News & Politics

Afghan Evacuee Complains About the Quality of Meals He is Getting for Free at Fort Bliss

(AP Photo/Juan Carlos Llorca, File)

Hamed Ahmadi is a Fulbright semi-finalist who describes himself as a “Blogger & Writer at iPSO Afghanistan.” IPSO is the International Psychosocial Organization, a “German-based humanitarian organisation with a branch in Afghanistan. It is an international non-governmental, non-profit and non-political organisation, which delivers psychosocial counselling services according to best practices to the people in need.” Ahmadi may need their services himself, as he is now a refugee at Fort Bliss in El Paso, Texas, and is in distress: the food they’re giving him isn’t up to his standards.

On Thursday, Ahmadi tweeted out a photo of a Styrofoam container holding a bit of cantaloupe and watermelon, plus a few bare-looking pieces of chicken. He wrote: “Not complaining but this is what I got last night for dinner and the next meal is 12 hours later. Refugee life might be safe but never easy & favorable. Fort bliss El Paso Texas. #AfghanRefugees #afghanistan

Ahmadi’s whiny display of entitlement and ingratitude kicked up a firestorm. Behavioral scientist Gad Saad, author of The Parasitic Mind, responded: “How about ‘thank you’? Be grateful. Have some humility and exhibit some dignity. No one owes you anything. I’m a refugee from Lebanon and I’m forever grateful.” Author and comedian Tim Young pointed out that two pieces of bread could be seen in the lower left of Ahmadi’s photo, and wrote: “I’d be happy to pay for your ticket to go back… since it’s so rough here that you have to take your sandwich apart and put the bread out of the shot.” Another Twitter user noted: “Apparently the food sucks, but the wifi is good and the phone chargers work…”

Stung by the criticism, Ahmadi was given ample space in the UK’s far-Left Independent to explain himself. “The point of that tweet was not … to be complaining, to be very critical,” he claimed. “I was just describing a situation of Afghan refugees that are in the situation that they never really wanted to be in. I had a pretty good job back in Kabul. I had a decent life. I had my family. I was forced to flee Afghanistan … if I had more space [on Twitter], I would have added more explanation — because I wanted to say that this is the refugee life. And we need to be patient.”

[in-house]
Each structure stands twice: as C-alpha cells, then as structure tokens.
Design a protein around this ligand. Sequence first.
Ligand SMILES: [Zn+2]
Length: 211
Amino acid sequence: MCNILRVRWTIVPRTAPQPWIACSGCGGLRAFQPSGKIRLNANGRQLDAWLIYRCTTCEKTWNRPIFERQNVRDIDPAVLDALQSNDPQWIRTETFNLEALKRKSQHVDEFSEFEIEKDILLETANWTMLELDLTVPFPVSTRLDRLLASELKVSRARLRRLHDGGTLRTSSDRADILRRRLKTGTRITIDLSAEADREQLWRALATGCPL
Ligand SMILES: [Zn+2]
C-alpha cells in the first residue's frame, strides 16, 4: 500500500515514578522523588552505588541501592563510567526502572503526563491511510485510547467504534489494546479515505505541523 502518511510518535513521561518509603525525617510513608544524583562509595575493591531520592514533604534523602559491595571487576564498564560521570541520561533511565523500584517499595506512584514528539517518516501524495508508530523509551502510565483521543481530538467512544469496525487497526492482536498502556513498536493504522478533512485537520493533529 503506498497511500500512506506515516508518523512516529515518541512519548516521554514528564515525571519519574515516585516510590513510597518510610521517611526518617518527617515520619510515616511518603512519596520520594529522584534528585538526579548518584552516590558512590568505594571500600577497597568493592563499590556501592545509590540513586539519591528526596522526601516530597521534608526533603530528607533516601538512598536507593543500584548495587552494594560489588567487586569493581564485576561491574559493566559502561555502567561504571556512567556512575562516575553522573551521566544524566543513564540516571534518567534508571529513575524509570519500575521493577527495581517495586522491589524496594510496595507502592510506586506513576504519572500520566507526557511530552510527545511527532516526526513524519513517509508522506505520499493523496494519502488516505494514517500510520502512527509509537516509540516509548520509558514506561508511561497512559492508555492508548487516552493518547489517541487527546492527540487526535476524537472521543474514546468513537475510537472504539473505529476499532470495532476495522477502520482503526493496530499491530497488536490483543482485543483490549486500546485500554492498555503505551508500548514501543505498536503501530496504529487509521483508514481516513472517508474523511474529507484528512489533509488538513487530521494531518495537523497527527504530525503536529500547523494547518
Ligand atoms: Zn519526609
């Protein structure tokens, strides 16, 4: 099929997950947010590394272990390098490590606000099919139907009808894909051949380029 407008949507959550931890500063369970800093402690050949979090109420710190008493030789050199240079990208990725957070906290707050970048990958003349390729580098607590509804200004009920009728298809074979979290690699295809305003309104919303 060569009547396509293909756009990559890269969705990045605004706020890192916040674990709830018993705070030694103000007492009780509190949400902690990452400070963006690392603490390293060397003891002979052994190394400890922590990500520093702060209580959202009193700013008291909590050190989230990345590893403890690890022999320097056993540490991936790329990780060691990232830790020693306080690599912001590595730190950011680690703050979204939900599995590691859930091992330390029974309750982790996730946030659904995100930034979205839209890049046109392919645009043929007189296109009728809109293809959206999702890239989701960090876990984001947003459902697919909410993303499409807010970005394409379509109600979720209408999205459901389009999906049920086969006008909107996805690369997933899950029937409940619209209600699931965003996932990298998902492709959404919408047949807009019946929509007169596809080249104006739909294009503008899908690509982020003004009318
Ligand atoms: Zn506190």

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Ahmadi’s clarification didn’t actually explain why he felt no need to be grateful to those who saved him from almost certainly being killed, or at the very least from a perilous end to his contented professional life in Kabul (the Independent noted that “Mr Ahmadi’s own social media presence as a blogger working with foreign NGOs, however, left him in peril as the Taliban retook control of his country”). Ahmadi said nothing about the kindness of those who were providing him with free, taxpayer-funded food and lodging. In case any Independent reader was independent enough to notice all this, the Independent informed its readers of the outcome it was trying to bring about: “Further details about Mr Ahmadi’s own story would very likely silence any detractors or trolls claiming that Afghan refugees are only after a better life.”

It seems that “the journalist and scholar, who spent the past five years in Kabul with his parents and siblings, did not want to flee Afghanistan — and certainly didn’t want to leave his family behind.” And not only that, but tragedy has devastated his family already: “His brother died two months ago as a special ops fighter with the Afghan National Defence Forces combatting the Taliban. Another sister died last year of Covid. Still another sister, who is pregnant, is currently in hiding from the Taliban because she had been a member of the Afghan police force, he said.” Ahmadi added: “I used to travel to different provinces of Afghanistan and interview people and cover day-to-day stories of Afghans at the grassroots level — and how they … resolve their conflicts. Basically, most of the stories were about how people approach conflicts and peace-building at the community level.”

That’s wonderful, as clearly this fellow is an expert in peace-building, but none of it actually excuses Hamed Ahmadi from being grateful to those who rescued him, or makes him entitled to demand better quality food from those who are laboring to provide it to him at no cost to him at all. One bright spot in all this, however, is that Hamed Ahmadi may be an entitled, selfish whiner, but he is most likely not a jihadi. Up to 100 other Afghan evacuees have been flagged for possibly being on terror watch lists, and we are likely to be hearing many more such stories in the near future. But all Hamed Ahmadi demands is that we give him better food. Who could resist such a charming appeal?